Despite Labor Shortage, Quebec Alienates International Students

French Language Requirement Makes It Hard For Ukrainians to Immigrate to Quebec
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Critics say Quebec is damaging its economy by pushing away international students in the name of preserving the French language in the middle of an intense labor shortage of roughly 200,000 open positions.

Last month, Quebec announced that it is hiking university tuition to at least $20,000 for international students looking to study in the province.

Moreover, it will take the first $20,000 those students pay and invest that into French-speaking universities; this forces English-speaking universities to raise tuition significantly beyond that threshold, as per The Financial Post contributor Marisa Coulton.

Quebec Minister of Higher Education Pascale Dery justified the province’s decision by saying that international and out-of-province students leave Quebec instead of working in French-speaking jobs.

However, The Financial Post cites a report that questions the veracity of that statement – of the roughly 50,000 post-secondary Quebec study permit holders, 44 percent work at the time of their studies.

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Business groups have pointed out the benefits that Canada derives from international students, with the president of the Montreal Chamber of Commerce calling them a “safety valve” for relieving pressure on the domestic labor market.

This is especially true when more international students than ever are choosing to become temporary foreign workers, working on a part-time basis during their studies, and a full-time basis after graduation.

Between 2000 and 2019, in fact, the number of employed international students in Canada went from 18 percent to 50 percent.

Regardless, Quebec continues to show hostility towards immigrant students in ways more than one.

Concordia and McGill Have Complained About Quebec’s New Immigration Rules

Just two months ago, Concordia and McGill universities had shown their displeasure with Quebec’s new immigration rules that require international students to learn French, arguing that such a requirement would turn them away from coming to the province. had covered this story in September, when McGill’s deputy provost of student life and learning Fabrice Labeau had told the legislature committee examining tabled immigration policy reforms that one of the “involuntary consequences” of the changes to the Programme de l’experience Quebecoise (PEQ) will be that international students without knowledge of French will be deterred from applying and gaining Quebec jobs.

PEQ – which is a fast-track for international students to obtain a Quebec selection certificate – was announced to be changed by Christine Frechette in May, when she tabled a reform package.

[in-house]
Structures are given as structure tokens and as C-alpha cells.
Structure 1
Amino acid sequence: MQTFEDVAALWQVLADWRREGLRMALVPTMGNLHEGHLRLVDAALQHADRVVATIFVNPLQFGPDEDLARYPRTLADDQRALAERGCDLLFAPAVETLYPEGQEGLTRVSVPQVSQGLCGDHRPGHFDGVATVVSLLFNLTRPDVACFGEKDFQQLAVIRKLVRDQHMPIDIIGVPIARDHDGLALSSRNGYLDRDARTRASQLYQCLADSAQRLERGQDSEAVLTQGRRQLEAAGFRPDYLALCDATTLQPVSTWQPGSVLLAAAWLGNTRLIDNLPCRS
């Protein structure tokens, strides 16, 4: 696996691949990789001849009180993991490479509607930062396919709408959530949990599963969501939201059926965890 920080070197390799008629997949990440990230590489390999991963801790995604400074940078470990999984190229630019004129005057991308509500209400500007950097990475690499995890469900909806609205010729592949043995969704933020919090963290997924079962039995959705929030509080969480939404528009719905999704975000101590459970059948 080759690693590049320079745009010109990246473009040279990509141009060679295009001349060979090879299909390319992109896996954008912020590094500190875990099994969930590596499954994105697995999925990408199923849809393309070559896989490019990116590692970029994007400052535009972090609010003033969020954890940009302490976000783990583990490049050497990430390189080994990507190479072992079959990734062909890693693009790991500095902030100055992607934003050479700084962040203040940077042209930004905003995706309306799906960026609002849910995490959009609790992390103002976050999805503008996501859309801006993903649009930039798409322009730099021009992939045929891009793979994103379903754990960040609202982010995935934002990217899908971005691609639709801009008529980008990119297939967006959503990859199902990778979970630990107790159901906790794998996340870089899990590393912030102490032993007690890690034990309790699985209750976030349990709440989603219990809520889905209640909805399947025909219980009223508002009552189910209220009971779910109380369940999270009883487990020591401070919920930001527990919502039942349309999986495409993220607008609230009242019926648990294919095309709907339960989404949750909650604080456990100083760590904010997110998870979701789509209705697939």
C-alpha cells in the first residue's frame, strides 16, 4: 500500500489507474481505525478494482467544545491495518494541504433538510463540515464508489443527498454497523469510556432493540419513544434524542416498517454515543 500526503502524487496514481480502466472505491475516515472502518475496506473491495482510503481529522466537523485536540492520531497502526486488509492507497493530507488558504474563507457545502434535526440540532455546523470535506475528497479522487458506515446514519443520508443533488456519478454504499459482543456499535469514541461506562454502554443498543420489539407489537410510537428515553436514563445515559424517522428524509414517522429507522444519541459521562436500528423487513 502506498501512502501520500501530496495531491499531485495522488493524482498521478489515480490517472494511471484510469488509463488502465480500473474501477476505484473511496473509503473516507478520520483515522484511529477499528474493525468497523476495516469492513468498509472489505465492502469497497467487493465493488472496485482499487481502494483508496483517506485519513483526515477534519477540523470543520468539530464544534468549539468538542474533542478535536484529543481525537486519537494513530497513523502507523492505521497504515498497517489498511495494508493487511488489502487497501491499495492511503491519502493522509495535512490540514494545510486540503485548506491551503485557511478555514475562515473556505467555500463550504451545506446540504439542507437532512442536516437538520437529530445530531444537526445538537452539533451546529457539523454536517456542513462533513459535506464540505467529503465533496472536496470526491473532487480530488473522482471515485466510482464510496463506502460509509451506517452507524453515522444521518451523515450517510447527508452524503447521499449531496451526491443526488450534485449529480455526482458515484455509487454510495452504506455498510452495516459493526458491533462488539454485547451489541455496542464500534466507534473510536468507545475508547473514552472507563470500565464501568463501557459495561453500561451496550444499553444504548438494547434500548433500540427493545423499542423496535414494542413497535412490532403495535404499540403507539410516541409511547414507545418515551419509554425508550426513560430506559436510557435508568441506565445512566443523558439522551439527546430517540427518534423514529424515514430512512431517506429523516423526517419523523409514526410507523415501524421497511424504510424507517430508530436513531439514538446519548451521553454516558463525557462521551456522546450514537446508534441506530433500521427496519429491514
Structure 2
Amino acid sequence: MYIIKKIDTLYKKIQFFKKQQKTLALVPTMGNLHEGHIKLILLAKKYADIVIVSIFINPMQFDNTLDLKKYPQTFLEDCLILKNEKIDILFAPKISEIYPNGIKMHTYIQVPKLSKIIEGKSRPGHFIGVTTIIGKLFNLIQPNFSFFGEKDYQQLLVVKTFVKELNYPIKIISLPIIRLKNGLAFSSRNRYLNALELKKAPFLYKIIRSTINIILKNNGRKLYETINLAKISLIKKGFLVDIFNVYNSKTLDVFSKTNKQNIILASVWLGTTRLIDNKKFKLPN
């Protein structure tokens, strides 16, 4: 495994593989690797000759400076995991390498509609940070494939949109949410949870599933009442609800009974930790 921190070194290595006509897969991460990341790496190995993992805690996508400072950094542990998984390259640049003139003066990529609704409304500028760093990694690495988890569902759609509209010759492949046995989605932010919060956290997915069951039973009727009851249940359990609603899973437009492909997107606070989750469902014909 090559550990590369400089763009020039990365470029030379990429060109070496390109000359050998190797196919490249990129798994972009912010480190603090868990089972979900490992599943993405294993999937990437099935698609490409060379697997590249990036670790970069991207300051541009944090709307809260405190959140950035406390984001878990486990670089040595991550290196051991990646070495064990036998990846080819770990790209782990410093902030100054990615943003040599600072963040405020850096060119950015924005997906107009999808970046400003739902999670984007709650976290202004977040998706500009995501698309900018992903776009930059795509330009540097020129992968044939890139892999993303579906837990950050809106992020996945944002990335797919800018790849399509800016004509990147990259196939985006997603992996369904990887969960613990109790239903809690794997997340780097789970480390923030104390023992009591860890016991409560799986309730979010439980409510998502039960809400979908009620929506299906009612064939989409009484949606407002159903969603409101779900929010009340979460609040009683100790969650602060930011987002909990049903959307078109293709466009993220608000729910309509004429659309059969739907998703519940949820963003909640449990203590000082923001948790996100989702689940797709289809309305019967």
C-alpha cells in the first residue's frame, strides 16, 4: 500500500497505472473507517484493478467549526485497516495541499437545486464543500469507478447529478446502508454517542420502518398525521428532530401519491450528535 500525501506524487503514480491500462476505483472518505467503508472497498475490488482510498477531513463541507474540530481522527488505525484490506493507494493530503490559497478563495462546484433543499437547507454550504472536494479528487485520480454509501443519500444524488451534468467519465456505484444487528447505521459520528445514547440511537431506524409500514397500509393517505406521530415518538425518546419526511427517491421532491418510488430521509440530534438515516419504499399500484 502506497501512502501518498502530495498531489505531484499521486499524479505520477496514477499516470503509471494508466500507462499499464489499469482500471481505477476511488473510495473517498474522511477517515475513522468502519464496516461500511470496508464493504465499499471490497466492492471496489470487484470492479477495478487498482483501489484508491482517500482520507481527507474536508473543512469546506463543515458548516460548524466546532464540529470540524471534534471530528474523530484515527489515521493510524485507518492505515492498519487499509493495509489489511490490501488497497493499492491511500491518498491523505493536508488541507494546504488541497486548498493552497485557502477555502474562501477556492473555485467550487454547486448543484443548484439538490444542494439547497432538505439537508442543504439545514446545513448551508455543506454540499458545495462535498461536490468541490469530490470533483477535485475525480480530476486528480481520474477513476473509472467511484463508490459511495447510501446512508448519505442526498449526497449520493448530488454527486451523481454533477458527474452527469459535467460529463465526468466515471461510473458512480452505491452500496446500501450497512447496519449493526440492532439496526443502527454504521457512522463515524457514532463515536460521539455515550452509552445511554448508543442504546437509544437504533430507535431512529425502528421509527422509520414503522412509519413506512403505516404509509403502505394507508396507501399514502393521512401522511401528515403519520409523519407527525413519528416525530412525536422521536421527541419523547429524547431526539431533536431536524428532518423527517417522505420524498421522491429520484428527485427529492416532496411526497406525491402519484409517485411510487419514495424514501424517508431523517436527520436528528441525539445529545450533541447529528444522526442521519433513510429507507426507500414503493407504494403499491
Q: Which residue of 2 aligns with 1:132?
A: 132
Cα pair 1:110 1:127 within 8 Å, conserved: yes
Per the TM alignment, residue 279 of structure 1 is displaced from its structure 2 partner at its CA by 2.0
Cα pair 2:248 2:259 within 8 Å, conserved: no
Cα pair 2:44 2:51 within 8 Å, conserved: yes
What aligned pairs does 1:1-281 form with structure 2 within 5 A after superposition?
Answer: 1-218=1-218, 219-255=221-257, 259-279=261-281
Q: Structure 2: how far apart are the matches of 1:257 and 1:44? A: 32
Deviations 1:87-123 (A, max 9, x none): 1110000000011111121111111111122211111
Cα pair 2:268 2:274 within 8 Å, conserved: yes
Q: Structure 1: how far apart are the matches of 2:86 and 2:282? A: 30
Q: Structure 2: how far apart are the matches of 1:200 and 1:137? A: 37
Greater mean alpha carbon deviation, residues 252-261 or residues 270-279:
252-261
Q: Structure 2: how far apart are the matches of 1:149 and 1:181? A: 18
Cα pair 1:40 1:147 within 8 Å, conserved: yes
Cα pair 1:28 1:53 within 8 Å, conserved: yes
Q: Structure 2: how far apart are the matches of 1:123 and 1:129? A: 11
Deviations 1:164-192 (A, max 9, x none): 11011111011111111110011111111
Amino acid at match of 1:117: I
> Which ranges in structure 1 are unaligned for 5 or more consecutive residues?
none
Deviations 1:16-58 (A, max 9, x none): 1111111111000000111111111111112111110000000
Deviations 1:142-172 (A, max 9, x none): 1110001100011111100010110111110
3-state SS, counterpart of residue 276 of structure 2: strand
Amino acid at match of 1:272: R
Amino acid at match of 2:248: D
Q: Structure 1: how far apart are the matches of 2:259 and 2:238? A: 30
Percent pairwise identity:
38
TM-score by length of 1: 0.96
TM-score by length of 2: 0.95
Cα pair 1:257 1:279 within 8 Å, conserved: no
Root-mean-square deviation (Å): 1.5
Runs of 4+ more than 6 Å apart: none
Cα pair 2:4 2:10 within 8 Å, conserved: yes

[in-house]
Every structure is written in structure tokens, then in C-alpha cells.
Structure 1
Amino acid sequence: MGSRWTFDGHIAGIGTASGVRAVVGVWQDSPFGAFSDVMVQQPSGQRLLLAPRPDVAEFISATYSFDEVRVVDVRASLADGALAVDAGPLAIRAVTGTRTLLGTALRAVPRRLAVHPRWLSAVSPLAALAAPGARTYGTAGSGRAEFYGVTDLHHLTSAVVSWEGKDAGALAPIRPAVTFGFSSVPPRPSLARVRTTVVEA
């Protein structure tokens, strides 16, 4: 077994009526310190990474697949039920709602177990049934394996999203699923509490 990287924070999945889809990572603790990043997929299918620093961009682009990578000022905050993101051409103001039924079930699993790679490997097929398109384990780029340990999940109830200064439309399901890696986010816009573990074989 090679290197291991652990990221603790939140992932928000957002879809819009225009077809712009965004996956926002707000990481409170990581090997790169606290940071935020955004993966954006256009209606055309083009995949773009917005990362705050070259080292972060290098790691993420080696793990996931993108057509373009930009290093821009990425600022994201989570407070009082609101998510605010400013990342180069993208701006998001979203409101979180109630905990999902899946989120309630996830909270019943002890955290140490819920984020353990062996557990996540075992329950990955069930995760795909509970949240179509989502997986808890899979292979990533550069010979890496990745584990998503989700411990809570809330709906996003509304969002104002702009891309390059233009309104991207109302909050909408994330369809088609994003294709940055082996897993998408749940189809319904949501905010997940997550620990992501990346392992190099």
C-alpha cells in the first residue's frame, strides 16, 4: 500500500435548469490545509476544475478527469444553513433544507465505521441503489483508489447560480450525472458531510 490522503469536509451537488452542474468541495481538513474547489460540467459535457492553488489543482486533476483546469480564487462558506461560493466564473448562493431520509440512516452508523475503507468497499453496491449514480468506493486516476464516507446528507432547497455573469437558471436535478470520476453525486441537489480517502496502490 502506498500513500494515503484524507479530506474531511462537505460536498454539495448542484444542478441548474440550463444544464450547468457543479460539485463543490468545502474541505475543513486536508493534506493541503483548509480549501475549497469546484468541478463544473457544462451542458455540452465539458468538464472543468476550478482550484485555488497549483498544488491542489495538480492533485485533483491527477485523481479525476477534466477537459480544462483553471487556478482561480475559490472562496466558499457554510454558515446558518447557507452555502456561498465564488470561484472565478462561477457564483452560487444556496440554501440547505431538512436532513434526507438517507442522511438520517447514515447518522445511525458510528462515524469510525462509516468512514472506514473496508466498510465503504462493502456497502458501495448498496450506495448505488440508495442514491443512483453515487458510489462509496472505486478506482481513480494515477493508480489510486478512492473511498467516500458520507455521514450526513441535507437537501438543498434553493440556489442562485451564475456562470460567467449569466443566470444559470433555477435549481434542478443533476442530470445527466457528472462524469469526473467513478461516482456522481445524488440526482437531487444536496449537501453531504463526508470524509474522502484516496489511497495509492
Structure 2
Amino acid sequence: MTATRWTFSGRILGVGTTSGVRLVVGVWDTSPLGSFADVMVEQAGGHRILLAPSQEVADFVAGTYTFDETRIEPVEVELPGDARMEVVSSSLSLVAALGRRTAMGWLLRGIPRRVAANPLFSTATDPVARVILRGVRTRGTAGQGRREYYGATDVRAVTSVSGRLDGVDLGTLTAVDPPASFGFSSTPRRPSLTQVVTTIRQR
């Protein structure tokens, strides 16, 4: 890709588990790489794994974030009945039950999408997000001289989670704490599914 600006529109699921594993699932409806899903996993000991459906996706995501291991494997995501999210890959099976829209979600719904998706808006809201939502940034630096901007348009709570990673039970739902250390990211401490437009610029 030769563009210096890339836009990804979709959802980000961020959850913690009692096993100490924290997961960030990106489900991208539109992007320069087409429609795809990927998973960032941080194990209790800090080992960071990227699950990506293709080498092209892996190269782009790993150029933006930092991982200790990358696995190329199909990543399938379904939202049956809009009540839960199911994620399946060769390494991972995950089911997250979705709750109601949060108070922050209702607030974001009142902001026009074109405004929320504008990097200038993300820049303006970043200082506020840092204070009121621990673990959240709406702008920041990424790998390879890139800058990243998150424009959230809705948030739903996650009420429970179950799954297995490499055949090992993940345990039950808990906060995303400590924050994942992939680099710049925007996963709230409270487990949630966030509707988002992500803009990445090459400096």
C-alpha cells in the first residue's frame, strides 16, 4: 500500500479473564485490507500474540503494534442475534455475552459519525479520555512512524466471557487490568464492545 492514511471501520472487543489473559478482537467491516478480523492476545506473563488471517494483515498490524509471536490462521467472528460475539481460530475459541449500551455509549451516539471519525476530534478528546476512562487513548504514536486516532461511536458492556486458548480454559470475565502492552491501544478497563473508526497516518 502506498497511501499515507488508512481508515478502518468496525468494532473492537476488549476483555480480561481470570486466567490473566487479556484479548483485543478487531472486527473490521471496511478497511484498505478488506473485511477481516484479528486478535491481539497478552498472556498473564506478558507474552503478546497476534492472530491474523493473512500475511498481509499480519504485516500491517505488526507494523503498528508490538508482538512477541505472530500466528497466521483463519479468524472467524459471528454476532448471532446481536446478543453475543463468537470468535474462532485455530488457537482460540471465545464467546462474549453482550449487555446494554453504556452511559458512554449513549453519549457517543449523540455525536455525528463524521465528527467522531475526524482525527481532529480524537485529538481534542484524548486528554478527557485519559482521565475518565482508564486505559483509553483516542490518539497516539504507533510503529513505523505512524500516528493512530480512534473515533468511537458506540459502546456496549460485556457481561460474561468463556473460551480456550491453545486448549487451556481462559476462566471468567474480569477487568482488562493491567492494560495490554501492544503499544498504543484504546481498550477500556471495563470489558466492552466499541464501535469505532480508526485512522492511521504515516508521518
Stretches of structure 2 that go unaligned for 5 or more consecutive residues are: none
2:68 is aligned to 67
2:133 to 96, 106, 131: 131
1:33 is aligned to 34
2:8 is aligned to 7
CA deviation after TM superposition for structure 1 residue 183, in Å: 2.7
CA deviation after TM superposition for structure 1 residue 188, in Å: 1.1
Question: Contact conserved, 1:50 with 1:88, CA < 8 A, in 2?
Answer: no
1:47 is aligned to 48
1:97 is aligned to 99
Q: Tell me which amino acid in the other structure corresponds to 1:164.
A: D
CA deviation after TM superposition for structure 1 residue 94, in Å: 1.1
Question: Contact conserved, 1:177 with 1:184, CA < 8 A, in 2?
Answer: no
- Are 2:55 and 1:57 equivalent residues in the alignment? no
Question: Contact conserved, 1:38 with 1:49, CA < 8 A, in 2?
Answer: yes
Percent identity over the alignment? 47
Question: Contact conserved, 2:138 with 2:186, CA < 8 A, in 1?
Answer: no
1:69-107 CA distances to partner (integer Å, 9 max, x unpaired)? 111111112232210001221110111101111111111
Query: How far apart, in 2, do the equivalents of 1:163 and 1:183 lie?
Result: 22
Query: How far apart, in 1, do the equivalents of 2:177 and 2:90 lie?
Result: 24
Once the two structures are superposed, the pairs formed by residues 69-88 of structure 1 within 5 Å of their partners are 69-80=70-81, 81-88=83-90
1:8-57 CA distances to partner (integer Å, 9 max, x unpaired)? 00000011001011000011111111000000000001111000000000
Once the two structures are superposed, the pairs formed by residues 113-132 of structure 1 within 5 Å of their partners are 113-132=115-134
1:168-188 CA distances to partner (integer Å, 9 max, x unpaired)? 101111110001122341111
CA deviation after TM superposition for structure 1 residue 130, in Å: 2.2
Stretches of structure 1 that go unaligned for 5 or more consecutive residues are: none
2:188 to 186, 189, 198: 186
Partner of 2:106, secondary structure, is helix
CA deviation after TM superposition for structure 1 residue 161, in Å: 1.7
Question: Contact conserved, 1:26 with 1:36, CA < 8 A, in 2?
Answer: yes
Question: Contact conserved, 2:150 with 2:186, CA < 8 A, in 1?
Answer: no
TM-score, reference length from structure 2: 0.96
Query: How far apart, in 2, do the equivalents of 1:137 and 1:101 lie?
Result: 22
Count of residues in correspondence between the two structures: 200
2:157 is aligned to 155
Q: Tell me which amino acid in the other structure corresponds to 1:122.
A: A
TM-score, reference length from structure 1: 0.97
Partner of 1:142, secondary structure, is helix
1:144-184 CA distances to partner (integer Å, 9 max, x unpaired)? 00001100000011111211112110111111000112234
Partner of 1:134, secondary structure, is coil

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PEQ started distinguishing between francophone and anglophone applicants in an effort to increase more French-oriented applicants.

Herein, foreign students who studied in French or are francophone can  benefit from a fast-tracked system designed to retain them in the country, wherein they can make a request to apply for a certificate leading to permanent residency instead of waiting 12 to 18 months to qualify for the same.

Students who come to Quebec to study in English and do not have sufficient French under their belt will, on the other hand, no longer qualify for the PEQ and its added advantages.

This is largely in line with Frechette’s overall immigration reforms in the economic category, which is controlled by Quebec.

Quebec Backtracks On its Tuition Hike for Out-of-Province Students

International students were not the only students who were to be targeted by Quebec’s reforms; out-of-province Canadians’ tuition was set to roughly double, from $9,000 to nearly $17,000 per annum.

However, this policy has since been backtracked upon, with CTV News Montreal’s Daniel J Rowe reporting on Wednesday morning that the Legault government will increase tuition by 33 percent for out-of-province students.

This means a hike from around $9,000 to $12,000 for Canadian students from outside Quebec.

Tuition plans for international students remained unchanged, however.

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Colin Singer
Colin Singer is an international acclaimed Canadian immigration lawyer and founder of featured on Wikipedia. Colin Singer is also founding director of the Canadian Citizenship & Immigration Resource Center (CCIRC) Inc. He served as an Associate Editor of ‘Immigration Law Reporter’, the pre-eminent immigration law publication in Canada. He previously served as an executive member of the Canadian Bar Association’s Quebec and National Immigration Law Sections and is currently a member of the Canadian Chapter of the American Immigration Lawyers Association. Colin has twice appeared as an expert witness before Canada’s House of Commons Standing Committee on Citizenship and Immigration. He is frequently recognized as a recommended authority at national conferences sponsored by government and non-government organizations on matters affecting Canada’s immigration and human resource industries. Since 2009, Colin has been a Governor of the Quebec Bar Foundation a non-profit organization committed to the advancement of the profession, and became a lifetime member in 2018.